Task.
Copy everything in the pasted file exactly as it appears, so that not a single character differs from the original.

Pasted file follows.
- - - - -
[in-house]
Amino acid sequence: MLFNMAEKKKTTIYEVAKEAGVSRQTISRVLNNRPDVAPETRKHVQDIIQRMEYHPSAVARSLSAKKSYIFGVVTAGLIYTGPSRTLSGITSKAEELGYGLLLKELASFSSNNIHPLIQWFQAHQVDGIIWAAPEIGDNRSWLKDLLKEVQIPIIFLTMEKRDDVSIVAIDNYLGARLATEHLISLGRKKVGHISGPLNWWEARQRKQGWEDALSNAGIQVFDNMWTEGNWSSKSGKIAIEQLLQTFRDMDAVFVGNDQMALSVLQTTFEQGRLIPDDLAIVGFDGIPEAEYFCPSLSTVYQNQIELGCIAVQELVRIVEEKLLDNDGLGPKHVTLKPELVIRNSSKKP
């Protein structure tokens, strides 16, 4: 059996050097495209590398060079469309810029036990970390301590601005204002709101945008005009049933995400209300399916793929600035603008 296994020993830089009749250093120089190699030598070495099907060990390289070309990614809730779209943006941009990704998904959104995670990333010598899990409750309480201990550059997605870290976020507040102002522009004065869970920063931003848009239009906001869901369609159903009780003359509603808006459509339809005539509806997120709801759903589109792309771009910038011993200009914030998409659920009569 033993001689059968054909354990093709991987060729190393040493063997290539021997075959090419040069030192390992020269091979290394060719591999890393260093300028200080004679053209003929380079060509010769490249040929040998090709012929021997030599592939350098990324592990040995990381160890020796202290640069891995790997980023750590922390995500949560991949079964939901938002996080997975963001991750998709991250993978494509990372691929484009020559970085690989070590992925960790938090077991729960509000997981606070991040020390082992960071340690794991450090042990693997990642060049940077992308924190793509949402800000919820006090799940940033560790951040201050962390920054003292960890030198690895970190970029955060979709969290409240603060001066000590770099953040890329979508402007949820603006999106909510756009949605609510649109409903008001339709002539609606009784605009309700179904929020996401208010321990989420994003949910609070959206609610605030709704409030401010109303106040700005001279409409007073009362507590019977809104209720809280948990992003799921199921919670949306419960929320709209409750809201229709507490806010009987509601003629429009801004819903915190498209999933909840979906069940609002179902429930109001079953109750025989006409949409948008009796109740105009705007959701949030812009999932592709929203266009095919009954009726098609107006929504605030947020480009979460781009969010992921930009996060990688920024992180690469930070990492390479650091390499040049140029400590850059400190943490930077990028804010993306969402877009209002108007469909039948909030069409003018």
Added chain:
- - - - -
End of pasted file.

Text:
[in-house]
Amino acid sequence: MLFNMAEKKKTTIYEVAKEAGVSRQTISRVLNNRPDVAPETRKHVQDIIQRMEYHPSAVARSLSAKKSYIFGVVTAGLIYTGPSRTLSGITSKAEELGYGLLLKELASFSSNNIHPLIQWFQAHQVDGIIWAAPEIGDNRSWLKDLLKEVQIPIIFLTMEKRDDVSIVAIDNYLGARLATEHLISLGRKKVGHISGPLNWWEARQRKQGWEDALSNAGIQVFDNMWTEGNWSSKSGKIAIEQLLQTFRDMDAVFVGNDQMALSVLQTTFEQGRLIPDDLAIVGFDGIPEAEYFCPSLSTVYQNQIELGCIAVQELVRIVEEKLLDNDGLGPKHVTLKPELVIRNSSKKP
């Protein structure tokens, strides 16, 4: 059996050097495209590398060079469309810029036990970390301590601005204002709101945008005009049933995400209300399916793929600035603008 296994020993830089009749250093120089190699030598070495099907060990390289070309990614809730779209943006941009990704998904959104995670990333010598899990409750309480201990550059997605870290976020507040102002522009004065869970920063931003848009239009906001869901369609159903009780003359509603808006459509339809005539509806997120709801759903589109792309771009910038011993200009914030998409659920009569 033993001689059968054909354990093709991987060729190393040493063997290539021997075959090419040069030192390992020269091979290394060719591999890393260093300028200080004679053209003929380079060509010769490249040929040998090709012929021997030599592939350098990324592990040995990381160890020796202290640069891995790997980023750590922390995500949560991949079964939901938002996080997975963001991750998709991250993978494509990372691929484009020559970085690989070590992925960790938090077991729960509000997981606070991040020390082992960071340690794991450090042990693997990642060049940077992308924190793509949402800000919820006090799940940033560790951040201050962390920054003292960890030198690895970190970029955060979709969290409240603060001066000590770099953040890329979508402007949820603006999106909510756009949605609510649109409903008001339709002539609606009784605009309700179904929020996401208010321990989420994003949910609070959206609610605030709704409030401010109303106040700005001279409409007073009362507590019977809104209720809280948990992003799921199921919670949306419960929320709209409750809201229709507490806010009987509601003629429009801004819903915190498209999933909840979906069940609002179902429930109001079953109750025989006409949409948008009796109740105009705007959701949030812009999932592709929203266009095919009954009726098609107006929504605030947020480009979460781009969010992921930009996060990688920024992180690469930070990492390479650091390499040049140029400590850059400190943490930077990028804010993306969402877009209002108007469909039948909030069409003018």
Added chain: